There was a point in my life where I genuinely believed that MySpace would outlast Facebook.
I loved MySpace. It allowed for greater self-expression, you could discover new friends as well as old, and you could listen to music on demand, explore virtual art and discover ‘hidden’ club nights and gigs which really appealed to me as someone in their mid-twenties new to living in the city.
Facebook was new, but it was cold, clean and closed. Everyone’s page looked reasonably similar, and (at that time, fifteen years ago) lacked a newsfeed where you could clearly see updates on other people’s activity. Facebook felt more about connection than expression and discovery.
I can recall trying to defend my pro-MySpace position with my work colleagues and was very clearly in the minority.
A year later, I was almost exclusively using Facebook, as were most of my friends, as it was a great way to share my travel photos, stay connected to friends back in Sydney, and there was finally, like MySpace, a newsfeed.
In hindsight, my prediction seems rather ridiculous, but at that time MySpace was a better manifestation of what I wanted in a social media platform.
But I had very clearly made the mistake that we so often do when making predictions, in that I valued my own opinions and beliefs over hard data on the wider market and the ‘trend’ direction of travel. I had assumed that everyone is going to think, and act, along the same lines as myself, and that’s usually not the case.
Statistically, you are not normal. Your opinions and beliefs regarding what you like and dislike in a product, a platform or a publisher may very well not be the same as everyone else’s.
Ask any good media planner and they will tell you how important it is to detach your own media consumption habits from that of the brand’s target audience. You need to need to look into the data that’s available to you and make choices based on that and in line with the asks of your brief and campaign strategy. The induvial approving the plan must also let go of their beliefs and consumption habits when reviewing your plans.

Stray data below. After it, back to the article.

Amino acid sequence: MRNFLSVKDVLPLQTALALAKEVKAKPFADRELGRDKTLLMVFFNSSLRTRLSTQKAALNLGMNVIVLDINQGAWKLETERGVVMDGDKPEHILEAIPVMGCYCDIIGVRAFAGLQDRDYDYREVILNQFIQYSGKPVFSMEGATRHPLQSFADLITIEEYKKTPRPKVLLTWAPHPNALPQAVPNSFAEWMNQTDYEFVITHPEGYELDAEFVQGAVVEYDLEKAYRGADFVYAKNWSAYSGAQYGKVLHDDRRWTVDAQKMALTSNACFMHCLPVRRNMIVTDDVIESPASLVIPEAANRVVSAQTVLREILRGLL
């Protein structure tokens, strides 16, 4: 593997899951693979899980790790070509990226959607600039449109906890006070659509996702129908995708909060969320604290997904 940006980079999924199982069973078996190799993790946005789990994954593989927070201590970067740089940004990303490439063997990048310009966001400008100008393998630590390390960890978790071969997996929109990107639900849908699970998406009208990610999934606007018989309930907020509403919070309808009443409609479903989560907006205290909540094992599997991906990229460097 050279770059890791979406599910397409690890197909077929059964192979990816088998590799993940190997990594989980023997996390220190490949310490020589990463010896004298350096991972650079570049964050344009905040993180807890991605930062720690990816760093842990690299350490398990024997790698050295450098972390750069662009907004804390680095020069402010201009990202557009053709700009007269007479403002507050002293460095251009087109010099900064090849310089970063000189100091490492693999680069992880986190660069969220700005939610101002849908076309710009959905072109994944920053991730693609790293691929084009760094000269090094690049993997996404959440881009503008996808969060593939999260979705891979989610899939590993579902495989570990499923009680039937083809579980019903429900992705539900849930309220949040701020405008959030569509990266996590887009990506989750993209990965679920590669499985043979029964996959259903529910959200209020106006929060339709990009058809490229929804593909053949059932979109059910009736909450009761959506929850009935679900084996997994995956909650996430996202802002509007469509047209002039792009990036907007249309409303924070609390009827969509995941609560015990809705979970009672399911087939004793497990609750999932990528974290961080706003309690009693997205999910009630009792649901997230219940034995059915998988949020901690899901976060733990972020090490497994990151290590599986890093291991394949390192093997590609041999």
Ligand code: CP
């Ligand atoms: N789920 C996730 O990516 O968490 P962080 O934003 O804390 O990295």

There is always conflict on Twitter whenever UK TV industry body Thinkbox releases their TV viewing data. One side will always argue that “TV is dead” as more and more people are watching TV on demand or Video on Digital Platforms on YouTube. The other side will argue that majority of people still watch TV in a linear fashion. The former often defends their argument by refusing to believe the report data can’t true because that is not their or their peer’s behaviour. The latter group defends their argument with the (correct) Thinkbox data and typically wins the argument – though the former may have a very good point on the direction of travel for the TV industry.
Detaching yourself when futuregazing has never been more important than it is now, as our desire for ‘the next big thing’ appears to have accelerated during lockdown. For example, as I write this, brands such as Pringles, Taco Bell and Charmin have been dipping their toes in NFT – non-fungible token – artworks, playing cards and other virtual collectables that are essentially a unique blockchain token with a virtual asset attached, and are exchanging hands for tens and thousands of dollars.
Personally, ‘NFT’ items aren’t things I’d collect. I value the physical object over the concept of virtual ownership. But although the NFT fanbase is a small but vocal group, and not representative of the wider populous, the audience are the same as those that paid hundreds of dollars for virtual weapons, add-ons and player packs in games. They are (typically) young men who often now view investing in stocks and crypto as a game, hobby and, in some respects, a lifestyle.
Perhaps those brands are just jumping on a ‘micro-trend’ to get some traction on social media. But just perhaps, like the NBA’s NFT based Top Shot product, they’ve looked at this emerging trend through a more objective lens – who are the people that are most interested in this, why are they interested in it and what are they doing with the product or platform – and seen potential in terms of audience reach, or indeed how they can use the tech to evolve/modernise their product.
NFT may just be yet another hype blip on the newness radar. But scan Twitter and you’ll see its largest detractors in the media and marketing sector are often the very same people who usually (rightly) defend their arguments with solid proof points based on hard data.
Why? Because this new behaviour just doesn’t feel…normal.